Title IX protects students from several types of harassment based on sex, including stalking. Stalking by an intimate partner can be difficult to recognize and can gradually escalate because attention and affection are often desired qualities in a relationship. The OneLove Foundation highlights how some behaviors can be red flags of stalking, such as contacting you constantly, obtaining details about you before you provide them, monitoring you excessively and showing up unannounced.
NSU's Title IX/Sexual Misconduct Policy defines stalking as engaging in a course of conduct directed at a specific person that would cause a reasonable person to fear for the person’s safety or the safety of others or suffer substantial emotional distress. NSU’s Title IX Office provides resources and support for students and employees who have experienced stalking (regardless of where it may have occurred). In addition to learning about rights and options if you may have experienced stalking, you can also learn about ways to protect your information online.
Stalking is a crime and can be reported to local law enforcement. It is important to recognizing stalking in order to stop it. Learn more from one of these resources:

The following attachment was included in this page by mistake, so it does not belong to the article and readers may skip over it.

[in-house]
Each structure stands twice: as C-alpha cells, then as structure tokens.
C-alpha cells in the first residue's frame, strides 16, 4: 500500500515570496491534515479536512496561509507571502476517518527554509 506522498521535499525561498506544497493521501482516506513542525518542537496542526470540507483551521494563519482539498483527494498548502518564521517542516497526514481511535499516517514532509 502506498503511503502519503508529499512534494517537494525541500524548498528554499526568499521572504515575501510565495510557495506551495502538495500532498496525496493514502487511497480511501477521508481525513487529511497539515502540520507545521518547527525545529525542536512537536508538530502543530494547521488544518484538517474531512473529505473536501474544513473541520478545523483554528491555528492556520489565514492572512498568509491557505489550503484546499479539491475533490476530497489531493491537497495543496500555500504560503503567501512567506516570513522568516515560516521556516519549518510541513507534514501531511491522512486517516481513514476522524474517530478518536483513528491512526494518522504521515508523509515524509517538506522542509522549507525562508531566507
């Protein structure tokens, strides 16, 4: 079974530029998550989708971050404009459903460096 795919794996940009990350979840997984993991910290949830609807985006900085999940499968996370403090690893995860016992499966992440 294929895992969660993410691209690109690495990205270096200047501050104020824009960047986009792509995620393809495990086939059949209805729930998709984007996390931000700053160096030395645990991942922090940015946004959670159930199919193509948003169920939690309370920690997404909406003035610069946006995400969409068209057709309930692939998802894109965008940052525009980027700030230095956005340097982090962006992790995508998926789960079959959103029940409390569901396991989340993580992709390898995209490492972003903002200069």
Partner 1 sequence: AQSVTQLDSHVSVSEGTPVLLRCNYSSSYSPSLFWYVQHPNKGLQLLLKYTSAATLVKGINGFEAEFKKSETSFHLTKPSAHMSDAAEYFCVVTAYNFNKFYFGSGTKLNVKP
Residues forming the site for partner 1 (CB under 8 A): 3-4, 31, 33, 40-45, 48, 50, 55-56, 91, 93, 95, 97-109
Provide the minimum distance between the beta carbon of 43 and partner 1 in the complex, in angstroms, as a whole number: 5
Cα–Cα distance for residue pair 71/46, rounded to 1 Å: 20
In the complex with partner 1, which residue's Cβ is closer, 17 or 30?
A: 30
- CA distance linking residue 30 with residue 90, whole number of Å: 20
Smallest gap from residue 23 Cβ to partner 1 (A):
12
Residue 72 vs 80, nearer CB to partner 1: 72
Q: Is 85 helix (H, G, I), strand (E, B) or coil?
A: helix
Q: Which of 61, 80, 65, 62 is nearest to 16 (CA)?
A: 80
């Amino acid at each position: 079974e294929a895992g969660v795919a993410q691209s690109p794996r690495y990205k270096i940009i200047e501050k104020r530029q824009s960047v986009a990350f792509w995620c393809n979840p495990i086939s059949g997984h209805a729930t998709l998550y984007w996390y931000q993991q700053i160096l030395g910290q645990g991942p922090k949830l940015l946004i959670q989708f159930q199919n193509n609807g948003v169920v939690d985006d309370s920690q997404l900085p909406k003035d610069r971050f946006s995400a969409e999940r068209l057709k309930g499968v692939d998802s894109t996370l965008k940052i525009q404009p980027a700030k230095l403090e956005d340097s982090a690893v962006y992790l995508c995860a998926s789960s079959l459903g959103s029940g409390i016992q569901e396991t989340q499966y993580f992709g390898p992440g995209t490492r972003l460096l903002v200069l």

If you or someone you know believes that they may be a victim of stalking, it can be critical to maintain a log of stalking-related incidents and behavior. Keeping a record of any encounters or incidents will help show a pattern of behavior. Here are two resources that may be helpful for those wishing to keep a record:
Infographics by: The Stalking Prevention, Awareness, & Resource Center (SPARC)
The Clerk’s Office includes information about how to file a restraining order, information about domestic violence and other legal resources.
24-HOUR CRISIS HOTLINE (954) 761-1133
Women in Distress of Broward County is a local full-service domestic violence center that offers 24-hour crisis intervention, emergency shelter, counseling and other support to victims of domestic violence (regardless of gender) and their children.